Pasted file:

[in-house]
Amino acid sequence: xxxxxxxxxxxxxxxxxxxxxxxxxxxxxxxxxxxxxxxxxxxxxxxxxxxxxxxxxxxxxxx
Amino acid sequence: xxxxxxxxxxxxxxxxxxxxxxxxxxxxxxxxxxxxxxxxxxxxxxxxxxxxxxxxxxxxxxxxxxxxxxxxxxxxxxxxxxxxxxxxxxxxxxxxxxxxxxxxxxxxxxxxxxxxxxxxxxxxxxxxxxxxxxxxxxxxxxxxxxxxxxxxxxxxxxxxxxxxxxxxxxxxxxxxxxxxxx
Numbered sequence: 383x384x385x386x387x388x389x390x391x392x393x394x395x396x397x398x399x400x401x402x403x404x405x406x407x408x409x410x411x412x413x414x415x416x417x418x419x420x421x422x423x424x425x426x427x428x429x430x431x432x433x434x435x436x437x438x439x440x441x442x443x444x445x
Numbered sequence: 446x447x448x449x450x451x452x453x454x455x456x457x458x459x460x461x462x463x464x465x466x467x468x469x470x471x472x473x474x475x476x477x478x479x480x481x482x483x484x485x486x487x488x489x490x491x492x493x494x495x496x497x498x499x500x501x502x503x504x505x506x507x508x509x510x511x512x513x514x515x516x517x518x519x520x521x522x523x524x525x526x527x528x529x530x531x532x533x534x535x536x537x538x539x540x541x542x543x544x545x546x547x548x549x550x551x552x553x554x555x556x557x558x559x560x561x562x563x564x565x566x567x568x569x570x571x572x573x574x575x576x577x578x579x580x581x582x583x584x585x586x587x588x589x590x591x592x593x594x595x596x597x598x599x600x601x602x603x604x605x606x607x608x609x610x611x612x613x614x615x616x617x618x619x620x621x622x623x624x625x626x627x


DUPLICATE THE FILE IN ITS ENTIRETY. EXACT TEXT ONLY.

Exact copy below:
[in-house]
Amino acid sequence: xxxxxxxxxxxxxxxxxxxxxxxxxxxxxxxxxxxxxxxxxxxxxxxxxxxxxxxxxxxxxxx
Amino acid sequence: xxxxxxxxxxxxxxxxxxxxxxxxxxxxxxxxxxxxxxxxxxxxxxxxxxxxxxxxxxxxxxxxxxxxxxxxxxxxxxxxxxxxxxxxxxxxxxxxxxxxxxxxxxxxxxxxxxxxxxxxxxxxxxxxxxxxxxxxxxxxxxxxxxxxxxxxxxxxxxxxxxxxxxxxxxxxxxxxxxxxxx
Numbered sequence: 383x384x385x386x387x388x389x390x391x392x393x394x395x396x397x398x399x400x401x402x403x404x405x406x407x408x409x410x411x412x413x414x415x416x417x418x419x420x421x422x423x424x425x426x427x428x429x430x431x432x433x434x435x436x437x438x439x440x441x442x443x444x445x
Numbered sequence: 446x447x448x449x450x451x452x453x454x455x456x457x458x459x460x461x462x463x464x465x466x467x468x469x470x471x472x473x474x475x476x477x478x479x480x481x482x483x484x485x486x487x488x489x490x491x492x493x494x495x496x497x498x499x500x501x502x503x504x505x506x507x508x509x510x511x512x513x514x515x516x517x518x519x520x521x522x523x524x525x526x527x528x529x530x531x532x533x534x535x536x537x538x539x540x541x542x543x544x545x546x547x548x549x550x551x552x553x554x555x556x557x558x559x560x561x562x563x564x565x566x567x568x569x570x571x572x573x574x575x576x577x578x579x580x581x582x583x584x585x586x587x588x589x590x591x592x593x594x595x596x597x598x599x600x601x602x603x604x605x606x607x608x609x610x611x612x613x614x615x616x617x618x619x620x621x622x623x624x625x626x627x